Covid-19 has hit certain areas of the marketplace harder than others. For many salaried knowledge workers, it has meant a temporary transition away from the office to a home-based workspace. Millions of others, particularly those in the service sector, have been faced with shockingly sudden, overnight job loss. In many cases, they will not have a company or a job to return to after the pandemic is over.
While the impact of Covid-19 in the short-term may vary among sectors, there can be no doubt that ultimately, we are all in the same economic boat. In fact some larger companies are “running fat” – hiring beyond their need – to ensure they won’t be caught short if their staff start getting sick. This could mean we are in a bubble right now for knowledge workers, which may well burst when economic factors kick in. The IMF predicts we will be entering the worst global recession since the 1930s, and are forecasting a downturn on par with the Great Depression.
All of this can lead to anxiety. But it’s going to be important to manage that, and there is hope.
Above all, be flexible and adapt. At the moment we are hearing some sweeping generalizations about how “remote working is going to be the new normal”. I don’t agree with that entirely. Remote work simply won’t work for everyone, and I think that’s true across a number of fields. While many people can work remotely – and more are becoming used to it at the moment – there will always be those who perform much better in a face-to-face, team environment. The truth is, without a crystal ball we don’t know exactly what the “new normal” will look like – which is why flexibility and adaptability will be even more desirable traits than ever.
Think about how the business model of your industry is likely to change over the next 6-12 months. What skills and capabilities will be required during this transition, and how you can adapt accordingly?
Here are some practical ways to stay engaged, minimize anxiety, and be ready to take the right steps in a post-pandemic job market.
- Look at seasonal opportunities. As a result of the restrictions in movement across national and state borders, seasonal opportunities will spring up in areas such as agriculture and logistics. Recognize it will be an employer’s market in the short-term. However, a lot of seasonal opportunities will be created locally. Be open to temporary/seasonal work and take the opportunity to develop new skills.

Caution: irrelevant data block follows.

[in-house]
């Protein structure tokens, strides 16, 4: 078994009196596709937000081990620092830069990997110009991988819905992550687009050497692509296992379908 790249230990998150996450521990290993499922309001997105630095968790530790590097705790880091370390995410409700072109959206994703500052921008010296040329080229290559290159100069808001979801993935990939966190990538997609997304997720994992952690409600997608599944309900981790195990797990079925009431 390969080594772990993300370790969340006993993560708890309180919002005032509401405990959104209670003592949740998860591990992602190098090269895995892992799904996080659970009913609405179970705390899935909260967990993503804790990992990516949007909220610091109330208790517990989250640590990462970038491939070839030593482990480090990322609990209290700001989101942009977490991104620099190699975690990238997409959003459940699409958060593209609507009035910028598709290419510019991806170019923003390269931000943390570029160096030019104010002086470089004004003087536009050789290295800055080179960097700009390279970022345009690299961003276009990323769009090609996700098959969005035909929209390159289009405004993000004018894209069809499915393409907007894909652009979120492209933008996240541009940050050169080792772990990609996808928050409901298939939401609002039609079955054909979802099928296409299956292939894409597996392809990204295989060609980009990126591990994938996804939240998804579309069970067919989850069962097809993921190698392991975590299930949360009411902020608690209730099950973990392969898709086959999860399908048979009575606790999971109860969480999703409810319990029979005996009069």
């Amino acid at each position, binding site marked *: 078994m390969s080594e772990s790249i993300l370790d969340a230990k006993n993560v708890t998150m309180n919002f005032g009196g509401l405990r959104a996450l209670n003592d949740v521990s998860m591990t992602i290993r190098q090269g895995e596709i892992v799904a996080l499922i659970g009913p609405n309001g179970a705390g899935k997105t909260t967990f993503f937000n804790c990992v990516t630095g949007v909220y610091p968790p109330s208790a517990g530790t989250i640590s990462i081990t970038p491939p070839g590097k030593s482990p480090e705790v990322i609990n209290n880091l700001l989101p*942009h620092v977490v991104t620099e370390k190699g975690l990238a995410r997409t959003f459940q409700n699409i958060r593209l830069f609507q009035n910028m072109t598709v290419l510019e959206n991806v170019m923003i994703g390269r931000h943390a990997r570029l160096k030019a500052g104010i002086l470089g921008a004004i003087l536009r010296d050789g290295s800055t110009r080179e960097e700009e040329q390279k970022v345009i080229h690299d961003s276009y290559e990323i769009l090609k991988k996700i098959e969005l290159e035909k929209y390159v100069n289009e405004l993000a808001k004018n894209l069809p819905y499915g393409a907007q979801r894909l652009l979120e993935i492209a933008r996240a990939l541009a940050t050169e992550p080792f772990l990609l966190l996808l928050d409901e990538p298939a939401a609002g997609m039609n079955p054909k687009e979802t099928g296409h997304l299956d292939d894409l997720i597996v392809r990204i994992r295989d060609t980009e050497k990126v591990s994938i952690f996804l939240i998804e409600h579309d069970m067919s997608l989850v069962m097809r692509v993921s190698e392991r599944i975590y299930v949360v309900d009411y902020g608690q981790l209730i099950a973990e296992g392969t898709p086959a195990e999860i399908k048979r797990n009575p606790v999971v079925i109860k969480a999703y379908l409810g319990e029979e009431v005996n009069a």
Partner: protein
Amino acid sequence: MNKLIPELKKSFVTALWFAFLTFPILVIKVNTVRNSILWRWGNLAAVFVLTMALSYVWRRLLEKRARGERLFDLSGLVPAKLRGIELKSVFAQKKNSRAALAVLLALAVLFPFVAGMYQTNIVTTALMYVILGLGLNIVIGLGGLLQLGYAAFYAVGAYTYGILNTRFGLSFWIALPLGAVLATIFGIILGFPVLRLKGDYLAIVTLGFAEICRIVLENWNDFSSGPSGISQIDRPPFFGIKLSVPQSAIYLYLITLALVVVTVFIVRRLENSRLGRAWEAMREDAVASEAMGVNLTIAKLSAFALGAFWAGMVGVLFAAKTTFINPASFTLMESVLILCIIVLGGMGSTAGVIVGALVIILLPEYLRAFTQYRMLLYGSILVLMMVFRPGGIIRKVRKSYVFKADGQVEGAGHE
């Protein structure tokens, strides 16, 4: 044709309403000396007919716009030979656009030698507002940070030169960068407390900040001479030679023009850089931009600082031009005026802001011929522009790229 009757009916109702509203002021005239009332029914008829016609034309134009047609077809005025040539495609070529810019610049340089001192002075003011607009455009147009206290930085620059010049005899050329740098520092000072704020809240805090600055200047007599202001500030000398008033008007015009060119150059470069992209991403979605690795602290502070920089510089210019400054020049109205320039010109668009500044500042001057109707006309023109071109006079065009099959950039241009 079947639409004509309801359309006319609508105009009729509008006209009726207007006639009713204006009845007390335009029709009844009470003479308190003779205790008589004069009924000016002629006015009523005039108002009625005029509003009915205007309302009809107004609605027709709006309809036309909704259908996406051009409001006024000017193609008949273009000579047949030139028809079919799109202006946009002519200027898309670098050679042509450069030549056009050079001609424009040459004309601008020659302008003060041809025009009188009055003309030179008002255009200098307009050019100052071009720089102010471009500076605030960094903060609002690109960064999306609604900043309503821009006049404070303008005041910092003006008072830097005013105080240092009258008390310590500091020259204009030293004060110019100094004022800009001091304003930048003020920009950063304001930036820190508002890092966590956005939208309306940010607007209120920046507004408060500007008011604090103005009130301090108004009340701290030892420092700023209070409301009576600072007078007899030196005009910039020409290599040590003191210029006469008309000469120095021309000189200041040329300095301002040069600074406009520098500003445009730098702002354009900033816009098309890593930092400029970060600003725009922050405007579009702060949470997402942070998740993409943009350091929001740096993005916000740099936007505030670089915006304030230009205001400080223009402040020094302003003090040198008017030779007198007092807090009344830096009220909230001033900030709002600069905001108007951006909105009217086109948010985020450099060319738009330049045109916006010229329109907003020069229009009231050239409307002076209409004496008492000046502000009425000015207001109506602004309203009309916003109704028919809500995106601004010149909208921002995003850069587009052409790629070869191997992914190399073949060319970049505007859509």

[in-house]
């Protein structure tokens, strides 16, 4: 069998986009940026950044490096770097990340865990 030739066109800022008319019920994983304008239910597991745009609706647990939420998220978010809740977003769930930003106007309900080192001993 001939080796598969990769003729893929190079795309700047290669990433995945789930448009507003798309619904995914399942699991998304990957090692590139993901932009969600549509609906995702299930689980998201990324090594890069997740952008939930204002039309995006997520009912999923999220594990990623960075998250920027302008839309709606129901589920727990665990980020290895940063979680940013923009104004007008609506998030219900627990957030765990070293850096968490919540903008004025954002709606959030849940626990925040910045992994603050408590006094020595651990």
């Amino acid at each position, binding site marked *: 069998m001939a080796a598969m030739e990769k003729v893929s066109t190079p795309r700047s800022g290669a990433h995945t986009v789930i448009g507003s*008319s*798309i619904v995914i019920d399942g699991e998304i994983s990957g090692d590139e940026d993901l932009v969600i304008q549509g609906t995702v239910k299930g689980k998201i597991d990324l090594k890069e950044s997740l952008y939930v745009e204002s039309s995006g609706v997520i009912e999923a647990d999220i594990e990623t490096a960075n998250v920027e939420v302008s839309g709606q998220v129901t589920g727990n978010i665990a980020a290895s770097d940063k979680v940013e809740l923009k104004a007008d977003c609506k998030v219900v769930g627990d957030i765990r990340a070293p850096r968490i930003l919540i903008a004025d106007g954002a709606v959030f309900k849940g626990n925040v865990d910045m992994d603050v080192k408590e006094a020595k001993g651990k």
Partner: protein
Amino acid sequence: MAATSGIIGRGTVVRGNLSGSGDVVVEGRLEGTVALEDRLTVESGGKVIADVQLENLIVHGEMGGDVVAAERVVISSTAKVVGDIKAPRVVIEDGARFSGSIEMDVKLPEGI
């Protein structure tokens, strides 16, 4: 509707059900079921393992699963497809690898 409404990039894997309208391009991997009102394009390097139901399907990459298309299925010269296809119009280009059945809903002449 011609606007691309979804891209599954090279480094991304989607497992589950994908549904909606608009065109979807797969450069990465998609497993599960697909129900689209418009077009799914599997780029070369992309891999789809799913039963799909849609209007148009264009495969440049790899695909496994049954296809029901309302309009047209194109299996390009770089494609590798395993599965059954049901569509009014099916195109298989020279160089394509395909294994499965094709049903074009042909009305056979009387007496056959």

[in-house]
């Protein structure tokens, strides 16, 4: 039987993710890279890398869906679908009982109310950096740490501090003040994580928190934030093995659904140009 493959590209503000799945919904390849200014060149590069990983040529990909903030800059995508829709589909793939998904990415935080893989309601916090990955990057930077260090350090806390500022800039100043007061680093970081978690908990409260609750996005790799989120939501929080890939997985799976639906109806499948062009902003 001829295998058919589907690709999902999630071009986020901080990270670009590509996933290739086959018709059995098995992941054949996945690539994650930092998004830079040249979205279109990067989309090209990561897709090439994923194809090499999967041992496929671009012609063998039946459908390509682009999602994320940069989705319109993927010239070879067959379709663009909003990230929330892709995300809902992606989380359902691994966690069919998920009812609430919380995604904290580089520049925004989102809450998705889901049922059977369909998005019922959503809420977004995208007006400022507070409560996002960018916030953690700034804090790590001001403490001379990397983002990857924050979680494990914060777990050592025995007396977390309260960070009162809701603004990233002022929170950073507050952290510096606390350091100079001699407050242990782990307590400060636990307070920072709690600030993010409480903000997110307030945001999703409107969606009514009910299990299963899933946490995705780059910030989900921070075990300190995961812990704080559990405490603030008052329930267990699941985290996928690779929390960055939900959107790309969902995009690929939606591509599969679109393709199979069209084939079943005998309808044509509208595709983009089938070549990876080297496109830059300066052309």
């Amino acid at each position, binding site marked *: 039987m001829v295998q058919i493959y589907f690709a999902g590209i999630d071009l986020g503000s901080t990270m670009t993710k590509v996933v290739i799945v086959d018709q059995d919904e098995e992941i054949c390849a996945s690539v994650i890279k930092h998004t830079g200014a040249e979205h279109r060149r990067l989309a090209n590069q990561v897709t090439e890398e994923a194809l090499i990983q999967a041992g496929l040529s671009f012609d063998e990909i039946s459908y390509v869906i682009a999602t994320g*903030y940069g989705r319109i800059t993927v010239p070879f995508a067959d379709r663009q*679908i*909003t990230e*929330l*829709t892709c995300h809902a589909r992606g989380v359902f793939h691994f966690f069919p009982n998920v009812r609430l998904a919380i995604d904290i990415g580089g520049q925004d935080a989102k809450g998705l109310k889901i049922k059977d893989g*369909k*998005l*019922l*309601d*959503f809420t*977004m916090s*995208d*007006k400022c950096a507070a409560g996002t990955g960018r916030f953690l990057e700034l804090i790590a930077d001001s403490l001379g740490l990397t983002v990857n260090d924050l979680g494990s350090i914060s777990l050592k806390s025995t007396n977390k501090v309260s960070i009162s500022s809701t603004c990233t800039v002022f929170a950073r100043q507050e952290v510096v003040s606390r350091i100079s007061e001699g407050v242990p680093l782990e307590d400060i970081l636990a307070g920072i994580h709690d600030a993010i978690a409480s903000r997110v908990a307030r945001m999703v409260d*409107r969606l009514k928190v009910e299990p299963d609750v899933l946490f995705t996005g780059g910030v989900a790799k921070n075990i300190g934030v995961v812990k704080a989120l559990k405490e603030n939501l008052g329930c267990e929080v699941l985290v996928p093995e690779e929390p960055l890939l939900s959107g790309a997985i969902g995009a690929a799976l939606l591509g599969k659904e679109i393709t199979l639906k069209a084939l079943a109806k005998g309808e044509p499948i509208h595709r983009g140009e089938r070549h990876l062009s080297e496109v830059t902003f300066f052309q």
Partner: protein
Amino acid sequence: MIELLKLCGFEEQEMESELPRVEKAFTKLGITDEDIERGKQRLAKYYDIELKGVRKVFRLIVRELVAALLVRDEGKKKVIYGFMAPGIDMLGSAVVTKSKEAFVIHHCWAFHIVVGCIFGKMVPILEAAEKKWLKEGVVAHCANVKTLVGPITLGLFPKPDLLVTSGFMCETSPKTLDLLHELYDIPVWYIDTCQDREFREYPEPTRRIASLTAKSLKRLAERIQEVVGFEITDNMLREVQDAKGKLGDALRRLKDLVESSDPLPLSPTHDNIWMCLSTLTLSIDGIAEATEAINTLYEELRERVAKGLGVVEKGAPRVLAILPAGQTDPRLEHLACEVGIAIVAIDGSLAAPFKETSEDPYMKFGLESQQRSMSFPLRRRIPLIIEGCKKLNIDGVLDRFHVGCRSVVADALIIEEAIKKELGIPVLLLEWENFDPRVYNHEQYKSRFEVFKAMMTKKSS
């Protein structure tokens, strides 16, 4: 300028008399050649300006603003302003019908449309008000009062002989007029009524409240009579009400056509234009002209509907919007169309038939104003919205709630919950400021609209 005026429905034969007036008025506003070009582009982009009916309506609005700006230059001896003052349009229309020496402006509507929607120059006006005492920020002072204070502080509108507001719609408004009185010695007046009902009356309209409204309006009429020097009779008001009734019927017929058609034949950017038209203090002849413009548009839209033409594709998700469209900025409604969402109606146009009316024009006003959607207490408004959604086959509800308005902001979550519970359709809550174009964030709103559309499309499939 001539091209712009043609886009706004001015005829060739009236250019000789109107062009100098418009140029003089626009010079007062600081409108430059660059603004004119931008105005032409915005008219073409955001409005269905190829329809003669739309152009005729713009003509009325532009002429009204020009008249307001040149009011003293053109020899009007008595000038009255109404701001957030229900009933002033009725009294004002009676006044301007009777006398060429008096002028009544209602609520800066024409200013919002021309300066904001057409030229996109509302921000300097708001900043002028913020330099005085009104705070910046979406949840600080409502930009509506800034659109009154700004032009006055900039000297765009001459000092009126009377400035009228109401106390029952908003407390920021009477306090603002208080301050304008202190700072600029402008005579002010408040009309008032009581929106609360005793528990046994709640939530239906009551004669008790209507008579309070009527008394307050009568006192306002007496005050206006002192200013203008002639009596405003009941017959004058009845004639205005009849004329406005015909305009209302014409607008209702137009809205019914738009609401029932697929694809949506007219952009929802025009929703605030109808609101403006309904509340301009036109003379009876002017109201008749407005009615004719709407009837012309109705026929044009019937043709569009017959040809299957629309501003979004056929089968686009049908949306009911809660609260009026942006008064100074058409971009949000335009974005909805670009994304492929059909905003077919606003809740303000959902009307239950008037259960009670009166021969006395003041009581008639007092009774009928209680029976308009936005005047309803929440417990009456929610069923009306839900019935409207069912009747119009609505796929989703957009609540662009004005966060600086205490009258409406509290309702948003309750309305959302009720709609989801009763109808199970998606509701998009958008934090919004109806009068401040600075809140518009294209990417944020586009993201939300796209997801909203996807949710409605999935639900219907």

- Hone digital skills. Covid-19 has expedited the move towards technology-enabled, remote delivery of services. To keep up, we all need to be upgrading digital literacy skills and mastering digital platforms as much as possible.
- Keep close to your networks. Let people know your situation. There is no shame in letting people know you have been impacted by Covid-19 shutdowns and you are available for work. Communication is very important. Its important to make and refresh connections with people and companies.
- Be online-interview ready. Expect to not only do your job search online, but your interviews as well. Figure out the best camera position and lighting to use for Zoom calls. Have practice chats with friends so you can check and troubleshoot any connectivity or sound issues. Be prepared to make a good impression remotely.
- Be persistent. HR teams will be overwhelmed, so don’t wait by the phone for them to call you back. It will be up to job-seekers to do the running.
- Engage locally, where it is safe to do so. Many firms are suspending their usual centralized hiring practices to allow local worksites and managers to hire staff directly. Being available and present makes it a lot easier for time-pressured managers to make an instinctive hiring decision.
- Consume less – of everything. Be realistic about what you can manage financially, and find the areas where you can do with less. What subscriptions and services can you let go? What products can you do without?
Ultimately, you need to accept the situation you (and all of us) are in: The global economy is undergoing huge shifts that may result in stronger and more self-sufficient local, regional and national economies. Change is the order of the day. Remind yourself you are not alone in this. Acceptance goes a long way toward tranquility and mental well-being.
And finally, it is important to nurture your mental health. Don’t waste energy worrying about “what if…?” Take some time to stop, to settle yourself, and reflect. Research shows that even the busiest person has at least 20 minutes a day to engage in reflection. Look to podcats and apps like Andrew Johnson’s online recordings. These guided meditations can help bring down your stress levels and develop strategies for staying calm and getting focused.